Helping older adults maintain a healthy speaking and singing voice

Tuesday, August 20, 2019

Neema Sharda, MD, assistant professor of medicine (Geriatrics), will discuss the aging voice as part of a daylong community workshop at the Cary Arts Center on September 7, 2019.

“Your voice is how you interact and engage with the world around you,” Sharda says. “Vocal impairments can be a real quality-of-life concern.”

The workshop, called “Let Your Voice be Heard: Healthy Singing and Speaking Voice for Older Adults,” is being organized by speech pathologists Caroline Banka, MS, CCC-SLP, and Cristen Paige, MS, CCC-SLP of the Duke Voice Care Center.

In older adults, the voice can become quiet, breathy, or hoarse as the muscles of the vocal folds atrophy. Medical conditions common in the aging population can also contribute to voice problems.

“I treat people who are dealing with voice changes due to aging daily,” Paige says. “It’s a huge patient population of ours.”

Paige and Banka emphasize treating the “whole vocal instrument,” not just the vocal folds. This means working with the breath to power the voice and using the oral cavity to enhance resonance.

Attendees will have lots of opportunity to practice over the course of the daylong workshop. “We focus on air flow and the breath and other voice exercises to put it all together,” Paige says. “This is something that can be improved with a little bit of guidance. You don’t have to accept it as a normal part of aging.”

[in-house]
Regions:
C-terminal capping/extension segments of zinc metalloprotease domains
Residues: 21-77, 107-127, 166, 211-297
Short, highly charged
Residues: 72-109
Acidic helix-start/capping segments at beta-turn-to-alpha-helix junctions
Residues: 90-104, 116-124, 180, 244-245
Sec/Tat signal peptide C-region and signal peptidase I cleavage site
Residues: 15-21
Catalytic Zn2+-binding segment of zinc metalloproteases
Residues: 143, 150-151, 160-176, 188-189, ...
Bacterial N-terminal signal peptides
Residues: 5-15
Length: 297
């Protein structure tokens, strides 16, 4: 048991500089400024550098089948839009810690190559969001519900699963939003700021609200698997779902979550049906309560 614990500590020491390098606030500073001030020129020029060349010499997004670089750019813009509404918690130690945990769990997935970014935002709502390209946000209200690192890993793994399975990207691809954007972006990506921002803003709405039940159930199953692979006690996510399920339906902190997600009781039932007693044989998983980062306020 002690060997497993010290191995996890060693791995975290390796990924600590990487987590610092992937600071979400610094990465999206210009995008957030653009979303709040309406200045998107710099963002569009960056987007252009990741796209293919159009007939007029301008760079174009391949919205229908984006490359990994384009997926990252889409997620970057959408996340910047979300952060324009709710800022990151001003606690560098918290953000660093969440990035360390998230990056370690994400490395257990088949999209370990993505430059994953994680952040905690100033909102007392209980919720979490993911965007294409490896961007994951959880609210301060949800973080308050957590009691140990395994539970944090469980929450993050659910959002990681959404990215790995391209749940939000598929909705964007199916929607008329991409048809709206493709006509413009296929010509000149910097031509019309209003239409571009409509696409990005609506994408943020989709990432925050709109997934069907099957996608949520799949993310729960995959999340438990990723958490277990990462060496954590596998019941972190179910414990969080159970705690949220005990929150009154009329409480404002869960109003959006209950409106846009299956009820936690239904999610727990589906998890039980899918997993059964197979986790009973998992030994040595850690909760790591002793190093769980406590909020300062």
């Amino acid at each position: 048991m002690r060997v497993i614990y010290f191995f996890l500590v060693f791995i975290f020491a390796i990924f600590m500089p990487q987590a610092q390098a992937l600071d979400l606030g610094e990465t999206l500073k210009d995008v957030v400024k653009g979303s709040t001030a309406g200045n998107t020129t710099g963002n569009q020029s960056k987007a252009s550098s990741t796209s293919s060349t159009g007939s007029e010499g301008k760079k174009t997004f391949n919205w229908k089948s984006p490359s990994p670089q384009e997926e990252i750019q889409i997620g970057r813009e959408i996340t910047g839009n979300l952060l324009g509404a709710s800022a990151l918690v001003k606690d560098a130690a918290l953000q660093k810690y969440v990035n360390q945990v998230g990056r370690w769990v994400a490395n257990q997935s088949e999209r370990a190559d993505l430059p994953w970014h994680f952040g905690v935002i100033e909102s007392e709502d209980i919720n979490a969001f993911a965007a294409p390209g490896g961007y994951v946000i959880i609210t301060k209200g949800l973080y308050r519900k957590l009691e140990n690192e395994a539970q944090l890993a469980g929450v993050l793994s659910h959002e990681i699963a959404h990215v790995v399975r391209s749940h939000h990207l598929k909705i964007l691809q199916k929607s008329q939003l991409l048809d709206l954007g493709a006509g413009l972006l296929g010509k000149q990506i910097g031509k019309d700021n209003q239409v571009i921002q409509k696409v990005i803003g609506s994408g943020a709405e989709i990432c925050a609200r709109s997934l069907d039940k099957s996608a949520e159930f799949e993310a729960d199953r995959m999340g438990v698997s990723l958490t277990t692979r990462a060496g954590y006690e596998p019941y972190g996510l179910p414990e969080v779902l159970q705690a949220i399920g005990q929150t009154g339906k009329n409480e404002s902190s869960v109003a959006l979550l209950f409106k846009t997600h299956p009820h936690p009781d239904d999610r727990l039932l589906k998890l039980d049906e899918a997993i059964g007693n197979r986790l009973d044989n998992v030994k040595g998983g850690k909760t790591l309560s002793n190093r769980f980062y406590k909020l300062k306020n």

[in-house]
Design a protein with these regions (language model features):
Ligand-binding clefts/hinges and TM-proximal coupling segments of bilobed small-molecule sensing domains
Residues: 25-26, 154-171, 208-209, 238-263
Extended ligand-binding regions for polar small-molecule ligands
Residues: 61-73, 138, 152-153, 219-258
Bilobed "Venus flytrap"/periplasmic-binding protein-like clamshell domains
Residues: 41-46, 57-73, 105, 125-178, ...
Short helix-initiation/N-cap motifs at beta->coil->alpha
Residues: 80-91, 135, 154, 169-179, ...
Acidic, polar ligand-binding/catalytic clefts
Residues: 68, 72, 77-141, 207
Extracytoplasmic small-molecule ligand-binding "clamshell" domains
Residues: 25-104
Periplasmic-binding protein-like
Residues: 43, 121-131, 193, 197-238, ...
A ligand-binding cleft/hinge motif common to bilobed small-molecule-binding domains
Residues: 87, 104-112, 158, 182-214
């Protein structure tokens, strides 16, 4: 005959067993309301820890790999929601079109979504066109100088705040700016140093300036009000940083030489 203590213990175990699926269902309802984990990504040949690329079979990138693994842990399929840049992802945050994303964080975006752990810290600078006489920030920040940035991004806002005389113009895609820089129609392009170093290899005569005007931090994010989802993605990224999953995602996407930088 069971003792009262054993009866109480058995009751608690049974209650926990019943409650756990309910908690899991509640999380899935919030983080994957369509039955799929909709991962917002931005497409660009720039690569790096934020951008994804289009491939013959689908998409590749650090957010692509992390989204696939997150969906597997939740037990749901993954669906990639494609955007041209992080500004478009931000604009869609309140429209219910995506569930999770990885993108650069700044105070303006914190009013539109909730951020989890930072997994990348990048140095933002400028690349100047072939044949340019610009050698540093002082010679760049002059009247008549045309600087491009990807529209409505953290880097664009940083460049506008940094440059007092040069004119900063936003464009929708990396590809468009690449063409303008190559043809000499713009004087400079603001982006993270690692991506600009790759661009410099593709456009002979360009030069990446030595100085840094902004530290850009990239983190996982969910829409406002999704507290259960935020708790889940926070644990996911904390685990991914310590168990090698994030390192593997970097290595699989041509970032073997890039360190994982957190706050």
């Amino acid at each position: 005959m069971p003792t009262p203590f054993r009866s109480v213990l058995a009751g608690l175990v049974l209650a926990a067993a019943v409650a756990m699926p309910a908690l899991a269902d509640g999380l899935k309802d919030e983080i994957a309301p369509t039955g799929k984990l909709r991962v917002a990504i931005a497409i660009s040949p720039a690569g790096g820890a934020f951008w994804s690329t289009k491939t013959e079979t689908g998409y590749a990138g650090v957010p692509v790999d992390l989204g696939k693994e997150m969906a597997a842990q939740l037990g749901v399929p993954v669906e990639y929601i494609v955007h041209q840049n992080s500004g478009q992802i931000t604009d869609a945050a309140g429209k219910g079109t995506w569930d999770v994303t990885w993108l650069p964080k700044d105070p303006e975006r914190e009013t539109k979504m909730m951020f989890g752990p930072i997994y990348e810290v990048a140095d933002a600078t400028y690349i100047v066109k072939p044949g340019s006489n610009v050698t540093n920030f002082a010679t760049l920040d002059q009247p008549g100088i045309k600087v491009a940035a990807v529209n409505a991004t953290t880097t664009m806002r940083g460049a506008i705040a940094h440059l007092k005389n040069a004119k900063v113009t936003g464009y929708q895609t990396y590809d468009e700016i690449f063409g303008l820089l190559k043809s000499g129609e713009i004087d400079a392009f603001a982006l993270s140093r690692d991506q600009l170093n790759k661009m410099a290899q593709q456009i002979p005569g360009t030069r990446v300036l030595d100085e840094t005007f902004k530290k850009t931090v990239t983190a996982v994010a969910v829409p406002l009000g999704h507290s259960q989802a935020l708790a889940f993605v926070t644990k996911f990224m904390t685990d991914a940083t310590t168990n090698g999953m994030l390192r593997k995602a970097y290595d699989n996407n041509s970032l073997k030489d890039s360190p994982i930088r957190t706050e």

Sharda will explain how medical conditions can impact the voice in her presentation. “There are medical issues that might need to be addressed to solve or alleviate some of those [vocal] challenges,” she says. These can include lung disease, Parkinsonism, gastric reflux, allergies, sinusitis, dehydration, and some medications.

Sherri L. Smith, AuD, PhD, will speak about the effects that hearing loss and hearing aids can have on how we hear and modulate our own voices. Hearing screenings will be available all day.

The workshop runs from 9:00-4:00 with a one-and-a-half hour break for lunch. It will include lectures, voice work, and breakout sessions related to both speaking and singing. There will also be a performance by 100 Men in Black, a local all-male community-based chorus.

Banka hopes that the workshop will not only help participants improve their voices but also raise awareness about the importance of voice. “We know that one of the strongest predictors for longevity is social connection,” she says, “and the voice plays a big role in that. There’s so much attention about hearing loss in older adults but very little awareness about what’s going on with the voice.”

For more information about the aging voice and the September 7 workshop, including information about how to register,  go to